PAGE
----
For, Friday, Nov. 25, 2016

EDITOR’S NOTE: This column was published in the Deseret News on June 13, 1993, and looks at the ‘innovations’ of multiplex theaters and TV ads on movie screens. Today, only the Tower Theater remains as a single-screen venue, a first-run house for offbeat independent and foreign films, operated by the same folks that run the six-screen Broadway Centre Theater art house in downtown Salt Lake City. And as for commercial advertisements preceding movies, they’ve only become more prolific. Let’s just hope that they don’t start interrupting films, which is just about the only obnoxious TV-style thing left to do.

An old song asks the question, How you gonna keep 'em down on the farm after they've seen Paree?

In the case of local moviegoers, we might ask, how you gonna keep 'em going to little single-screen theaters after they've seen multiplexes?

The freestanding, single-screen first-run theater is, of course, virtually a thing of the past. The only one-screen first-run theaters left in the Salt Lake Valley are the Villa and the Valley Vu Drive-in.     


                       Salt Lake City's Tower Theater 

The Avalon, Murray, Queen and Tower theaters are single-screen discount venues, with the Avalon specializing in showing golden oldies and the Tower showing primarily art, foreign and cult films.

The Murray, however, has come up with a little gimmick of its own that you will not likely see elsewhere. Before the feature begins, an old piece of film comes up on the screen, showing scenes of America as a backdrop to the "Star Spangled Banner."

At most screenings, the entire audience stands — and even sings along.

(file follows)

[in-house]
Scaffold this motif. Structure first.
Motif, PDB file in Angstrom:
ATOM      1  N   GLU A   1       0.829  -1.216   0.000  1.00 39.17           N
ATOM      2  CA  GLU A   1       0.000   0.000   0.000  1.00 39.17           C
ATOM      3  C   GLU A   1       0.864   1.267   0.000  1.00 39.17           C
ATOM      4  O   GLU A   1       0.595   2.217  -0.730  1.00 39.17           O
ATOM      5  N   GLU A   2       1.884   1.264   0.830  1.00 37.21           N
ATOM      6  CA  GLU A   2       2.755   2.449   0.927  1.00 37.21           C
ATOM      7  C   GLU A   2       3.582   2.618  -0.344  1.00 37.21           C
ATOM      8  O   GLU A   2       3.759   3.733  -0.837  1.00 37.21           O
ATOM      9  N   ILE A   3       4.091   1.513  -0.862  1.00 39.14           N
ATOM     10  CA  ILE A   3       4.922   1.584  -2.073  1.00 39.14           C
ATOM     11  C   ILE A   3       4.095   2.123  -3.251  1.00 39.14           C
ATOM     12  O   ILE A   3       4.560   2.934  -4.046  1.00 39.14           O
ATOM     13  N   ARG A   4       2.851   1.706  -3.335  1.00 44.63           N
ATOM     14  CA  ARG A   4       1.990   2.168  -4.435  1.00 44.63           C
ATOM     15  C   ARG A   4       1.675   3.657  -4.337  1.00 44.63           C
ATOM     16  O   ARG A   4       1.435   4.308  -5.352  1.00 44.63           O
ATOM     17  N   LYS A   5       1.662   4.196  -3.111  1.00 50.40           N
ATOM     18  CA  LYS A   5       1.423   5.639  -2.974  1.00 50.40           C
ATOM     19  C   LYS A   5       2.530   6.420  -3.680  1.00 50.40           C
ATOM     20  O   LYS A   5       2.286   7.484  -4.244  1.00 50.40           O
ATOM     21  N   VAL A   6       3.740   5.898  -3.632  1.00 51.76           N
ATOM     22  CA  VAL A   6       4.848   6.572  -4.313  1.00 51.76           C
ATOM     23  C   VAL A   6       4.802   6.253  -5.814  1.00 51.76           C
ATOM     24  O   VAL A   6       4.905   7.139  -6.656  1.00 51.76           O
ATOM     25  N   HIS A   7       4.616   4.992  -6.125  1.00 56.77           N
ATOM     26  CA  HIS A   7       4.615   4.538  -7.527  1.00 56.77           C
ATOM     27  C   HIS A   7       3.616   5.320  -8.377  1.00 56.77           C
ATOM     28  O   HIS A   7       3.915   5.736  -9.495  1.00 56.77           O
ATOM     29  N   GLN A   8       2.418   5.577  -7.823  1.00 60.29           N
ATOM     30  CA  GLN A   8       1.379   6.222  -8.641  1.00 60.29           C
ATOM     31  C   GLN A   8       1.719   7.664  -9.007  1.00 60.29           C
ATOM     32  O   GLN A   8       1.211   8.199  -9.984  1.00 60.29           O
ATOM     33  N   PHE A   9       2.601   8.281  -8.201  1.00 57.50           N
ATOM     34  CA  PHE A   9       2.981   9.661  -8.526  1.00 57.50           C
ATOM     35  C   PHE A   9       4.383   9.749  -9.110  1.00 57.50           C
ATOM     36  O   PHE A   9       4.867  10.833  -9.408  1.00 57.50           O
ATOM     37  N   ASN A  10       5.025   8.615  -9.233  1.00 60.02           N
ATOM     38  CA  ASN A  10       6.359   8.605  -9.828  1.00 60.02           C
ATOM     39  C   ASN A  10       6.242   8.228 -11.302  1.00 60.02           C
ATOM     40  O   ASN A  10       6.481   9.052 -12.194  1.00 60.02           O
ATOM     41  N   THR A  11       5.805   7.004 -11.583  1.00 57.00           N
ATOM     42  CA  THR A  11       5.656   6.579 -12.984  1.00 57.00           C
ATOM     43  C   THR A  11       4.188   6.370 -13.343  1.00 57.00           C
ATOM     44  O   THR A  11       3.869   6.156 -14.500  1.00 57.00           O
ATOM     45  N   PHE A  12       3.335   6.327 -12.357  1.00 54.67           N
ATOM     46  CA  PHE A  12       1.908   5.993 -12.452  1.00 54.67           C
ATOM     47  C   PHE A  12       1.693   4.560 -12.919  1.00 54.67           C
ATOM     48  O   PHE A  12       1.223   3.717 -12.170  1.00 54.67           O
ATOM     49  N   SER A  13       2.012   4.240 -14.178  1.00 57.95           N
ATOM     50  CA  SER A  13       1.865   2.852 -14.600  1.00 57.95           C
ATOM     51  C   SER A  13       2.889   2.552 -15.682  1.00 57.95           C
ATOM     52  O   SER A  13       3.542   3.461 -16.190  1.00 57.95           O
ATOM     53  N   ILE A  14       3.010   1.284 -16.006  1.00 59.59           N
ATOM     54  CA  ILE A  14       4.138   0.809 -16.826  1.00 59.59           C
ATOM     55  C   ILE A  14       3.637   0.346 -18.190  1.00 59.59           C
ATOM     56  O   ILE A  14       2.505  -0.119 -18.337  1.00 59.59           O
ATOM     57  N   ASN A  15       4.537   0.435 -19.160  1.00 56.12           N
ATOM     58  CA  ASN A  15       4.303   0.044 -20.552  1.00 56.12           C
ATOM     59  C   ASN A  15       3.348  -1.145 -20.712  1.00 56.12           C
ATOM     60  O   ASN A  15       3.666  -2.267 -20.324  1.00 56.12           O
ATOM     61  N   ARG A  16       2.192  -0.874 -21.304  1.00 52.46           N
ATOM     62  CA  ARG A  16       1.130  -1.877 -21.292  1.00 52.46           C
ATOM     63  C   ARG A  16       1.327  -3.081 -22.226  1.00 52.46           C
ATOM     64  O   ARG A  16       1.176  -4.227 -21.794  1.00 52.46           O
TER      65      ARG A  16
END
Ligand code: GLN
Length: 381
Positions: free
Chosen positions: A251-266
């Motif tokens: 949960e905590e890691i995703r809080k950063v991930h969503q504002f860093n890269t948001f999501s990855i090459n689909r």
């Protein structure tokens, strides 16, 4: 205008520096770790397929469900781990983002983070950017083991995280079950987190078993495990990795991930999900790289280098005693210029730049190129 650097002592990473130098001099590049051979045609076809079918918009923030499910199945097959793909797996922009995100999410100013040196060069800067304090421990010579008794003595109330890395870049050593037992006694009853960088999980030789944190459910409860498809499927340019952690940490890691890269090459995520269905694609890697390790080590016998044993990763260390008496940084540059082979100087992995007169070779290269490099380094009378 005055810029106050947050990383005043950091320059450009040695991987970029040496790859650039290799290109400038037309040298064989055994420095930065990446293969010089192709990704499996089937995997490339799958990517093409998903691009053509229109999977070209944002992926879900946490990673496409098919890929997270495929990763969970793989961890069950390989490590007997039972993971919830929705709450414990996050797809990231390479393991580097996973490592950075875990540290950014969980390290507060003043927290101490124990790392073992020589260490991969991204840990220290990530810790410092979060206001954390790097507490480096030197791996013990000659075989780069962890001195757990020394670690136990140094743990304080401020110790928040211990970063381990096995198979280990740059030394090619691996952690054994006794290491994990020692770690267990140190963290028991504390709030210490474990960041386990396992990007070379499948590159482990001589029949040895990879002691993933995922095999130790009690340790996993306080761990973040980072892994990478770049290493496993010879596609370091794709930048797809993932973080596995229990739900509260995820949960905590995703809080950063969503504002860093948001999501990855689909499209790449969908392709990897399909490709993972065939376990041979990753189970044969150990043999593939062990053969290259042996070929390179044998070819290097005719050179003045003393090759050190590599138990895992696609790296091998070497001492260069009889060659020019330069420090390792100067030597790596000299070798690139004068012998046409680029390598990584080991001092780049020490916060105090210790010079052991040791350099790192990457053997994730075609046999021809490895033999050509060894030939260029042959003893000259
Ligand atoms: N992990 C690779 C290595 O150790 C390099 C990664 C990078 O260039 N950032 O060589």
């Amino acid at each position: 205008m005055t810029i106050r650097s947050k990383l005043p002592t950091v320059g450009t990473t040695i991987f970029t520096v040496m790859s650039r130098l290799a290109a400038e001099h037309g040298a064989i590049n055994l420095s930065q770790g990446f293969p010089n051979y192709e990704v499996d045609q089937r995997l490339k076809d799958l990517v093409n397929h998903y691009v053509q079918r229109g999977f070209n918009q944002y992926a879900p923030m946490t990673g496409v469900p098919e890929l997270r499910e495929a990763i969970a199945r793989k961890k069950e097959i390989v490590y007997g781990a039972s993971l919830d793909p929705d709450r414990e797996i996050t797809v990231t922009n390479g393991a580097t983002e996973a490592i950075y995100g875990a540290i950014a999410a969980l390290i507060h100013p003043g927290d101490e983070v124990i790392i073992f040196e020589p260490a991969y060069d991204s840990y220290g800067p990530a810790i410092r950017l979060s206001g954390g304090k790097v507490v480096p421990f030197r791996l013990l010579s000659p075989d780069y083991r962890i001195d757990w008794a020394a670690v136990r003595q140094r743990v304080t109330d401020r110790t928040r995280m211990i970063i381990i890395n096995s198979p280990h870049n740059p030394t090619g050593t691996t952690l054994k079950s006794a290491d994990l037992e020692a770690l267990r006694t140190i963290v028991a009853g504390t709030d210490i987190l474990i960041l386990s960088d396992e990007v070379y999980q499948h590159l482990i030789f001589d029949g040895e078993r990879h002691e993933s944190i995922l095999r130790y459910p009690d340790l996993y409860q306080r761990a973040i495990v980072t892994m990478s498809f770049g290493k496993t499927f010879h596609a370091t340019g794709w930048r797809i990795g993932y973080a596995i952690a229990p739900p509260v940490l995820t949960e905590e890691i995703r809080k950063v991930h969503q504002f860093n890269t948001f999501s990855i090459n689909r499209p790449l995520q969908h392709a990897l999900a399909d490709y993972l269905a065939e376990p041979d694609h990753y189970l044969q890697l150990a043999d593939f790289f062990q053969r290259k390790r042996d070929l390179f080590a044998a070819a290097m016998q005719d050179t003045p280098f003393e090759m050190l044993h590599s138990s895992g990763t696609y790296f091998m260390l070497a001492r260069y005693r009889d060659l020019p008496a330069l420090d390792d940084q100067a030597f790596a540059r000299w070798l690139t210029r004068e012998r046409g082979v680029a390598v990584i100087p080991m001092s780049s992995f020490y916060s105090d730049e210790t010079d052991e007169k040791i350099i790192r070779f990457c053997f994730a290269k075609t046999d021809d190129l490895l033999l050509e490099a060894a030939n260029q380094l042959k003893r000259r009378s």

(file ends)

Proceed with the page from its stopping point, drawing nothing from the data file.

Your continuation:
This show of patriotism may strike some as corny or old-fashioned — or perhaps nostalgic. And it may indeed be all of those things.             

But it's also unique. And in a marketplace where the Murray Theater may be one of as many as seven local theaters showing the same movie — such is the case right now with "The Sandlot" — the owners no doubt felt the need to come up with something that sets their theater apart.


In the words of another popular show-tune of the past, Ya gotta have a gimmick

And as we approach Independence Day and the 24th of July, this isn't a bad one.

However, a gimmick that is less popular with moviegoers is that old sore spot, advertisements shown before the movie.  

With a Friday night audience at a showing of "Guilty as Sin," my wife Joyce and I sat through no less than four television commercials as the lights went down.               

I'm not talking about the previews of coming attractions — there were four of those, too.

I’m taking about actual commercials made for TV: One for the MTV Movie Awards, one for the USA cable network, one for the Sci-Fi Channel (which isn't even available in most parts of the Salt Lake Valley) and one for AT&T.        

Joyce wished aloud that there were a mute button we could push.

And someone behind us shouted, "I came to the movies to get a way from commercials!"